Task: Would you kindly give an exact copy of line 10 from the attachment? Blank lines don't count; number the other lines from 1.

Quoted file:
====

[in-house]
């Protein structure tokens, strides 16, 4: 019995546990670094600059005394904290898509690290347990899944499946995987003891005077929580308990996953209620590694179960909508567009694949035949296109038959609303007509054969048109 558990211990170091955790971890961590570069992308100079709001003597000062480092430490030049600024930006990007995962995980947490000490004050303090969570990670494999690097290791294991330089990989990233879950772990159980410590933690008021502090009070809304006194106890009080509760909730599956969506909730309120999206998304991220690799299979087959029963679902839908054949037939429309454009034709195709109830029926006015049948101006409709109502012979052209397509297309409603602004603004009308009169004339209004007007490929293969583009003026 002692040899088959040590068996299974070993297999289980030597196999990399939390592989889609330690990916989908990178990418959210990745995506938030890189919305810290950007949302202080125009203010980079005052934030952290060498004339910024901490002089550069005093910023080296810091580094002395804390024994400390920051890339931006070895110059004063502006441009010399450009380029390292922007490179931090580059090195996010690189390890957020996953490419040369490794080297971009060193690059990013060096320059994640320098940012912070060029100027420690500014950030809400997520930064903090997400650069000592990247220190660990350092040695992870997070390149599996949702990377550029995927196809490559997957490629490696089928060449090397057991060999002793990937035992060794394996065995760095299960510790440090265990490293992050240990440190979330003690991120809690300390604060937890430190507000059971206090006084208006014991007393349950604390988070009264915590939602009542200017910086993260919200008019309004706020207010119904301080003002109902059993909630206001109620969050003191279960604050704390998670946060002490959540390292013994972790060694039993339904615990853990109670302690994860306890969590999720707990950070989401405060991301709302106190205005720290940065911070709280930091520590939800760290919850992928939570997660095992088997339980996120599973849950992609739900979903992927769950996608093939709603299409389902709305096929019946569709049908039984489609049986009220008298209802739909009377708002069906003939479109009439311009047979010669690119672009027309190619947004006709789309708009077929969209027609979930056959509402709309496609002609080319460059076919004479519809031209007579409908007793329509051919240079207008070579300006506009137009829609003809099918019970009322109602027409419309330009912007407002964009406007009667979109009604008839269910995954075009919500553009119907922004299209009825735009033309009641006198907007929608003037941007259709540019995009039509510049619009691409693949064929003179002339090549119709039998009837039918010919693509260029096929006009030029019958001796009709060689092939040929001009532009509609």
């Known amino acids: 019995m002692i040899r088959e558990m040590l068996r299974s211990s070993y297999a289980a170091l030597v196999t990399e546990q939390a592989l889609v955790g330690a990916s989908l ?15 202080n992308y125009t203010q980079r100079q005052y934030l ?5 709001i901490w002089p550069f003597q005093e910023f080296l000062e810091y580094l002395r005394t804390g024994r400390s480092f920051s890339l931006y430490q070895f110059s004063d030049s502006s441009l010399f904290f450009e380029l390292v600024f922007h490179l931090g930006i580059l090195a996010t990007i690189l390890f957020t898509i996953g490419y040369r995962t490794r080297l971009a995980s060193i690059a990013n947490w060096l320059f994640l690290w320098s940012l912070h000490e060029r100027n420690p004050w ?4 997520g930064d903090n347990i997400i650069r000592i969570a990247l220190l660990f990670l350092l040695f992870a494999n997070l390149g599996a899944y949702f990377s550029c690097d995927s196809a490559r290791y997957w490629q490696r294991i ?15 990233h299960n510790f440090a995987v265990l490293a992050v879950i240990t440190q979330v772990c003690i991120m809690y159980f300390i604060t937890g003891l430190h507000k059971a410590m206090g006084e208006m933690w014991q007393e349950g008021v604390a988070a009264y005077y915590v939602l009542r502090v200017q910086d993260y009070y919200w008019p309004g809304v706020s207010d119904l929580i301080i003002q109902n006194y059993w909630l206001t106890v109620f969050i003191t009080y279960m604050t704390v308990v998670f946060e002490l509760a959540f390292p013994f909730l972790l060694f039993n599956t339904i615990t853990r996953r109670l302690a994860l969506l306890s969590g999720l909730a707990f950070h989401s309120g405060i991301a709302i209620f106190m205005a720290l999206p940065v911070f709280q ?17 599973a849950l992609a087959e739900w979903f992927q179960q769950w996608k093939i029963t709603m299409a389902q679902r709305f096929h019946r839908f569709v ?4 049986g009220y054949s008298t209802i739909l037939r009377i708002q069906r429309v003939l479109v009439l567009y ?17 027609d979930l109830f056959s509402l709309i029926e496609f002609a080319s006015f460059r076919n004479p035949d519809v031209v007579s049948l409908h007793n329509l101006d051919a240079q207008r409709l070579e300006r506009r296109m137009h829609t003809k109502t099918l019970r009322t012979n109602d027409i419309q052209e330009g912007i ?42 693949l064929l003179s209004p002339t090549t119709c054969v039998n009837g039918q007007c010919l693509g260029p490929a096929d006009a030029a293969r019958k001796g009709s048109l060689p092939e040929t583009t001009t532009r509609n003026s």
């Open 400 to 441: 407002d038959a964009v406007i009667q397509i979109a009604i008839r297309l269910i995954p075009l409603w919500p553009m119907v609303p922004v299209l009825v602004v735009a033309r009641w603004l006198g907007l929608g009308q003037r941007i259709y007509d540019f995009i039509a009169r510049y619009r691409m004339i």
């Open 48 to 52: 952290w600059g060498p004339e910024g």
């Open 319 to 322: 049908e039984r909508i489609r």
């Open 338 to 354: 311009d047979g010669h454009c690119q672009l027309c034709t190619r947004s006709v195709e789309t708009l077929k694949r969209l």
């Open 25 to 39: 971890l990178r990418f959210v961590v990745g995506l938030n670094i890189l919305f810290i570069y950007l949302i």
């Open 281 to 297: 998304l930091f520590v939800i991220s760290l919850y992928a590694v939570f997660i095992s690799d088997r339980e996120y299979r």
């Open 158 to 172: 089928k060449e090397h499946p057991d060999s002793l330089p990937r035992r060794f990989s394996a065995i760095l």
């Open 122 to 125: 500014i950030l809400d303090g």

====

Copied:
């Open 158 to 172: 089928k060449e090397h499946p057991d060999s002793l330089p990937r035992r060794f990989s394996a065995i760095l």